“I think that’s part of the reason building costs and material costs and labour costs are a little bit elevated in Calgary still because again we’re not seeing the same impact in Edmonton. So I think Calgary’s flood last year still having some residual carry over effect to these new home prices even today.”

Hirsch says once the flood rebuilding is complete, building costs will come down — and we will likely see more moderate growth in new home prices.

Read more Curbing urban sprawl, flood driving up new home prices

What we didn’t hear in this story is that Calgary is inundated with thousands of new residents every year.  Last year alone, net migration to Alberta from the rest of Canada totalled almost 45,000. Would there be a problem with supply, and higher prices, if we weren’t growing so fast?

Credibility

Eighteen months ago I posted “if inventory stays low, it will continue to put upward pressure on prices.”

Inventory has shrunk from 3500 to 2400 and the average price has increased from $468,000 to $548,000. Who do you listen to for advice about the housing market? I hope it isn’t bubble bloggers like Garth Turner who predicted Real estate prices in Calgary, Edmonton, Fort Mac at 50% of 2006 levels.” (That would have resulted in an average price of $200,000). Garth now pretends he never predicted a crash.  Or this guy from Garth Turner’s Greaterfool.ca on Sep 27, 2012:

“Calgary has peaked. Listings are ripening, prices are dropping. It’s obvious.”

For bad advice, you can’t get much worse than this advice from Andrew

“If you are thinking of buying in Calgary right now, don’t. Wait 9 to 12 months and then reconsider your options. By then you will see significantly lower prices. This will be the beginning of multi-year house price correction/crash…Wait at least 9 to 12 months and then reconsider your options. You will thank yourself.”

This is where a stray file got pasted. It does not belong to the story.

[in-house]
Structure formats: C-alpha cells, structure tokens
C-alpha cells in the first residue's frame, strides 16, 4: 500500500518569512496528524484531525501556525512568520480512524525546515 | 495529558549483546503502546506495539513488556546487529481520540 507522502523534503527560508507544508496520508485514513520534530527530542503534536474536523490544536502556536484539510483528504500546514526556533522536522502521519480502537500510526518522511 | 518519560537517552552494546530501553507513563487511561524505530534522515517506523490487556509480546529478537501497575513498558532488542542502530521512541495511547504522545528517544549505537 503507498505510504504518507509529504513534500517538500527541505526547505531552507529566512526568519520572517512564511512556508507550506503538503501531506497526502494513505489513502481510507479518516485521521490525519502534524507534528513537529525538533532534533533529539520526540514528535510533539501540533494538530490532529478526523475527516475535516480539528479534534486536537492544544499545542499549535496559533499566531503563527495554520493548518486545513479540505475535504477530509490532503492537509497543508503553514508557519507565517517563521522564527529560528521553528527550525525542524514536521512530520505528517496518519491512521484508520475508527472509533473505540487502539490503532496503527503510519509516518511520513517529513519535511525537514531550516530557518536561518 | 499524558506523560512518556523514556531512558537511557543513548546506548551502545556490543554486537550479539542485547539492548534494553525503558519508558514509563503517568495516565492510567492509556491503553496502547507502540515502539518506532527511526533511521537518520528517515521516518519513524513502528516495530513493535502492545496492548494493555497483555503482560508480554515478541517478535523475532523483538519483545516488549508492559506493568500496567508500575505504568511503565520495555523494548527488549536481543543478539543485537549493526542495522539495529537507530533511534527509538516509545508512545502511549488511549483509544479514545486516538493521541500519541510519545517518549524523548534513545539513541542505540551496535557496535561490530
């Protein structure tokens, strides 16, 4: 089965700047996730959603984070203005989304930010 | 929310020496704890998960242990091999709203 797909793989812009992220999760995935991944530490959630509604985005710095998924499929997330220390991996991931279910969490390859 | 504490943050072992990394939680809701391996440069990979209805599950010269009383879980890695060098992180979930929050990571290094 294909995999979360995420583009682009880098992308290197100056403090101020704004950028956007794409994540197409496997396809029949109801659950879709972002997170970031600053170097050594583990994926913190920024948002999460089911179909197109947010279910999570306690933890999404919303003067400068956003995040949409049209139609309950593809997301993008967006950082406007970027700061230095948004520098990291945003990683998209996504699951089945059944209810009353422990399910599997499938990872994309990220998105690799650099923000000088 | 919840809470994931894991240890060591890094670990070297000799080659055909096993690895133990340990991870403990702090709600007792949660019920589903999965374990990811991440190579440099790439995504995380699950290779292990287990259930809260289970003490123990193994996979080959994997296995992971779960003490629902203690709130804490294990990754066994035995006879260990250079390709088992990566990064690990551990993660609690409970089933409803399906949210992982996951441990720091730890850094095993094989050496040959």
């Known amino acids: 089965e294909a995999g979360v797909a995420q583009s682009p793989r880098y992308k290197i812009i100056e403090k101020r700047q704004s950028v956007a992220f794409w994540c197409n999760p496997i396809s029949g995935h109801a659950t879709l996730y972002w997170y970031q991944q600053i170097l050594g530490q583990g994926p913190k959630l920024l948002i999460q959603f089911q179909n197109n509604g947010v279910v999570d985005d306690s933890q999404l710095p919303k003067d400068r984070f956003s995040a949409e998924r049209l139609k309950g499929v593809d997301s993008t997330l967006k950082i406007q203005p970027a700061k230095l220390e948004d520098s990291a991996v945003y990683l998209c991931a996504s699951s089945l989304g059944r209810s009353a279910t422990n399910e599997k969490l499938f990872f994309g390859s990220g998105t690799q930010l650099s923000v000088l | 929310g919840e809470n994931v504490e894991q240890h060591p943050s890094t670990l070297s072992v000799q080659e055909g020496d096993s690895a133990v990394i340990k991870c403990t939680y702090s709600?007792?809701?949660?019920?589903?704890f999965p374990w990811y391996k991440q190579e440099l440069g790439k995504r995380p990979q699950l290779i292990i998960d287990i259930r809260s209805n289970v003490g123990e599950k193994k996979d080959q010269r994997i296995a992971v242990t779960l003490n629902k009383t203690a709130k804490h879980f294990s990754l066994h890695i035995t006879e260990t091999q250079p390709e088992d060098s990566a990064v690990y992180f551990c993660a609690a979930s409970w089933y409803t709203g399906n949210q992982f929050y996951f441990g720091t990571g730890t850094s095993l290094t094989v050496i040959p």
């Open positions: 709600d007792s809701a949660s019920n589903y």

If you took his advice and waited for the “significantly lower prices,” your average Calgary house would cost you $88,000 more than in Sep 2012. But wait, Andrew wasn’t finished…

Garth owns real estate, yet he is telling you that house prices are about to enter a multi-year slide across Canada, including Caglary.

Andrew signs off with this gem…

Hi Bob, Garth’s message right. Your message wrong. Please listen.

On my blog, Andrew left this comment on April 23, 2013:

“Calgary real estate is trending down, and no matter how much fairy dust you sprinkle on it that’s where it’s going.”

Don’t let the greater fools scare you from making a wise choice for yourself. Equip yourself with all the relevant information and follow the trends. Better yet, read credible real estate blogs which will show you the trends before they actually start. Experience, integrity, and facts will always win out over scaremongering. A reader of Garth’s blog felt compelled to relate the following personal experience in Sep 2012:

We’ve been renting in Calgary since we moved back 2.5 years ago. Last weekend we made a lowball offer on a house in Willow Park that was on the market for several months and reduced from $575k to $499k. Thank goodness the negotiations did not go through – happily signed a lease for another year and continuing to diversify investments for the future…

I wonder if he’s still reading Garth’s blog, now that his rent has increased and the $499k house is now $599k. How many people have shortchanged themselves by following Garth Turner’s sketchy advice?

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Market update Oct 1 – 12, 2013

Inventory vs sales and price2

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Market update Sep 30, 2013

First timers

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Market update Sep 1 – 26, 2013

Inventory vs sales and price2

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Market update Sep 1 – 20, 2013

Inventory vs sales and price2